I posted a comment on a blog yesterday. Claire wrote a two-parter about the best things a nonprofit organizations can do to get prospects and donors to open, read, and respond to direct mail. You can read it here: Clairification. Great post. Great tactics. But as I was reading it, I realized that even if an organization incorporated every single one of her suggestions, I still wouldn’t open it, or if I did, it’d be to see if it was good enough (or bad enough) to make it into my direct mail sample file.
Maybe it’s because I’ve designed, written, and sent hundreds of direct mail/ annual fund appeals over the past 23 years. I can spot whether something is “personalized” versus “personal” a mile away. And frankly, I’m just not interested.
You see, I’ve got my charities. I trust them and consider their work to be an extension of my personal interest in changing the world. That doesn’t mean that I don’t recognize the value of the American Red Cross, Charity Water, Heifer, or Big Brothers-Big Sisters. These are all great organizations that really make a difference. (I’ve also given each of these a token gift or two over the past 10 years.)
But I’ve shifted my philanthropy to focus on organizations that match my personal values, passion, and interests: like the ones in the photo. After reading Claire’s post, I started wondering if I was unique in my philanthropy. Are other people responding less? Or am I an outlier?
So I checked with the Direct Marketing Association. Their 2012 report on direct mail fundraising response rates says that those rates have dropped 25 percent in the past nine years. “I knew it,” I thought. I like being right. But then I kept reading:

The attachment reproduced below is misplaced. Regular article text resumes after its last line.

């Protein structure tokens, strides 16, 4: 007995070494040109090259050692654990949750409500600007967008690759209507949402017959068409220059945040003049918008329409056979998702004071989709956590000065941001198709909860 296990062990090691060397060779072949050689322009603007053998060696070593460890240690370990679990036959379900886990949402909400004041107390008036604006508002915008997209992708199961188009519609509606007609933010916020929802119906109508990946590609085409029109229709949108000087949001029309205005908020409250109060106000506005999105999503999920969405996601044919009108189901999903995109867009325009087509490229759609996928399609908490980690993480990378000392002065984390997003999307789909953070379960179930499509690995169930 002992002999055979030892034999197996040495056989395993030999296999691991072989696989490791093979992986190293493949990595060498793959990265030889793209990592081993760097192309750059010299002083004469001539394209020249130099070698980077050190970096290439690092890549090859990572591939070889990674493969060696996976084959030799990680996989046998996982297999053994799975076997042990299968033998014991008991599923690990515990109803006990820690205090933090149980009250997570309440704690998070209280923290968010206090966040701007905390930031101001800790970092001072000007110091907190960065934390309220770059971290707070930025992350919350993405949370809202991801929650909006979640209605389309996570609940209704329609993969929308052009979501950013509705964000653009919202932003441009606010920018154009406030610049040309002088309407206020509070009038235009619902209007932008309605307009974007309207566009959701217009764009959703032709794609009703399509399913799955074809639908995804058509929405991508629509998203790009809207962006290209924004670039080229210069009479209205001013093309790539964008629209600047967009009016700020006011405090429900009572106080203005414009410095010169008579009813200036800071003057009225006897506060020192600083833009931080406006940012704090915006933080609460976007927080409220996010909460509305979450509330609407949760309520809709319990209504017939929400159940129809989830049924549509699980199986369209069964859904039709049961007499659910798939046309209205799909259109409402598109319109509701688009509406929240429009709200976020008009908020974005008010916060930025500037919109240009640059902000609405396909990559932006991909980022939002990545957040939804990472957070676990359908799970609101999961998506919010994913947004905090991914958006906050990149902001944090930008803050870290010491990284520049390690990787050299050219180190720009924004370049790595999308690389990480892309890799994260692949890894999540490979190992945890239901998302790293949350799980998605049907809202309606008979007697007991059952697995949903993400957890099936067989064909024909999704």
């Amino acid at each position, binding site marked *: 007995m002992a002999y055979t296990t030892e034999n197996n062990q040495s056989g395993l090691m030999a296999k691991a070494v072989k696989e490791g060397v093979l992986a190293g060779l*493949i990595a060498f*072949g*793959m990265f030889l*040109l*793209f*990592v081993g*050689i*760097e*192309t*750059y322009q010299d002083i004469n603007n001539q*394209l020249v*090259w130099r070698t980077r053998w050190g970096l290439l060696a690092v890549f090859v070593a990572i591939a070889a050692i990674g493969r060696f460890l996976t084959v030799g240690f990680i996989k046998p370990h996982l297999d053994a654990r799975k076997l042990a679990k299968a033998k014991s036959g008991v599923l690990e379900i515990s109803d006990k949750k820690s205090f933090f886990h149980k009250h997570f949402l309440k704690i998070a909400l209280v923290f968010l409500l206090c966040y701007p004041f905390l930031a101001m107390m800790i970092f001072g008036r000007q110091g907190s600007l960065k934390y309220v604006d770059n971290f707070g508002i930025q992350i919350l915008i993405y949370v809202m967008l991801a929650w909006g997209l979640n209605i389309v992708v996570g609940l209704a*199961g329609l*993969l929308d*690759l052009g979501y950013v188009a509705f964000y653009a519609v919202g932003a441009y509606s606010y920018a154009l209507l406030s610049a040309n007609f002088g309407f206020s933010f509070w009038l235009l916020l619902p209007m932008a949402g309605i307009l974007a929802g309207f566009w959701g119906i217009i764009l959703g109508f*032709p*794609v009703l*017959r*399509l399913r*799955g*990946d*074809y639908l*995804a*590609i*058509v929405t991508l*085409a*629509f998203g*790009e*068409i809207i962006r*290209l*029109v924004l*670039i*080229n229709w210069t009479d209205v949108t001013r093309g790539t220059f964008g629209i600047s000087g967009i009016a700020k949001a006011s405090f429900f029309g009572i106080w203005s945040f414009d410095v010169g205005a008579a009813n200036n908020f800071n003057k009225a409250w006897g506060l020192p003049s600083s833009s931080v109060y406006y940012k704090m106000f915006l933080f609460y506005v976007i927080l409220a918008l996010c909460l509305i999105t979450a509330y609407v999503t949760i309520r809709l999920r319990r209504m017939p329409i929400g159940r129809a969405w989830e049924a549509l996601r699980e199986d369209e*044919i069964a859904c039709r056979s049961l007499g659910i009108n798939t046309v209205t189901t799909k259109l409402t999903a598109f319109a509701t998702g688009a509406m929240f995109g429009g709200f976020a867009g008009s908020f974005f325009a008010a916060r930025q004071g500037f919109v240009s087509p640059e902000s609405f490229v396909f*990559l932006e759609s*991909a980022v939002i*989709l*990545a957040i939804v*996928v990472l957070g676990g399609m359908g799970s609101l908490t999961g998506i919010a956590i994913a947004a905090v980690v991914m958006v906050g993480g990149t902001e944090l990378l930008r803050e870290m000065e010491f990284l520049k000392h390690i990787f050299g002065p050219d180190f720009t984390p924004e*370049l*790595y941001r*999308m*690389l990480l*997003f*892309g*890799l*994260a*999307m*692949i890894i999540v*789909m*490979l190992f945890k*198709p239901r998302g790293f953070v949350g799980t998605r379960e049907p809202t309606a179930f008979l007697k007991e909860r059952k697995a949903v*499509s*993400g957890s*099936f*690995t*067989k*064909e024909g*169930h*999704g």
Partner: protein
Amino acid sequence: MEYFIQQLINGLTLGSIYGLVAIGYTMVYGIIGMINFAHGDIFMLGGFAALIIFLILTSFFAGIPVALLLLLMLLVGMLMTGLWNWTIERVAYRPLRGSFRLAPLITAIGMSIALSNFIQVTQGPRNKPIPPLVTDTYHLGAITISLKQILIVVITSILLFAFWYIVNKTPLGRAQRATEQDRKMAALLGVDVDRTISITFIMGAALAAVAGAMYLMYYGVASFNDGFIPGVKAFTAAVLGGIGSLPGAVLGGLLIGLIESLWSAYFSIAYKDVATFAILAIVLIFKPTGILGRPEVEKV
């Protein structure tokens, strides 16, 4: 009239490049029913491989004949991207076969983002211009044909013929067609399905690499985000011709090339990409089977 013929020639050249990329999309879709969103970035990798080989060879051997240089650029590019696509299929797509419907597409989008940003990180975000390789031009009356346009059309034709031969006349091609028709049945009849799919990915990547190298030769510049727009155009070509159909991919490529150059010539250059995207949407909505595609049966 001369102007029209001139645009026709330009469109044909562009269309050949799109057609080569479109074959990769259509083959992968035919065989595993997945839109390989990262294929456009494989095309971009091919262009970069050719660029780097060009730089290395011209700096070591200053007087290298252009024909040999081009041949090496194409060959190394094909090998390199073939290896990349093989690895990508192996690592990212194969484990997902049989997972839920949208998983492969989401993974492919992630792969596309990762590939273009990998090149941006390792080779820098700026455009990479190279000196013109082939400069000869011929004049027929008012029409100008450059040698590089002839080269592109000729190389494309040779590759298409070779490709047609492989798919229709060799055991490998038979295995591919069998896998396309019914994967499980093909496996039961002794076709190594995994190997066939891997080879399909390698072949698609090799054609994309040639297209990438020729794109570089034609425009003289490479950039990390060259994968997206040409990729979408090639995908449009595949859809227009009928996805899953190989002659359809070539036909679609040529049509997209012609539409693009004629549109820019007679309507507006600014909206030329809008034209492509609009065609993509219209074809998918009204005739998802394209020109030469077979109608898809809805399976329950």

“Even though direct mail is less effective in driving response than it was a decade ago, it still is among the best media for generating overall response.”
I also checked with Blackbaud, a provider of software and services to nonprofits. Their 2011 report on giving says:
“Robust direct-mail programs drive up retention and long-term value of online-acquired donors. Other than monthly giving programs, direct-mail programs are the best method for gaining repeat gifts from online-acquired donors.”
Oh well. I guess I was wrong: direct mail does work in 2012, even if the response rate is down a bit. And the more I think about it, the more I realize that direct mail MUST still work. Otherwise nonprofits wouldn’t continue to send so much of it. Would they? And if you’re going to use direct mail, might as well follow best practices, even if you have a little to no chance of making it past MY wastebasket.
What do you do with your junk mail?
Links to organizations I support: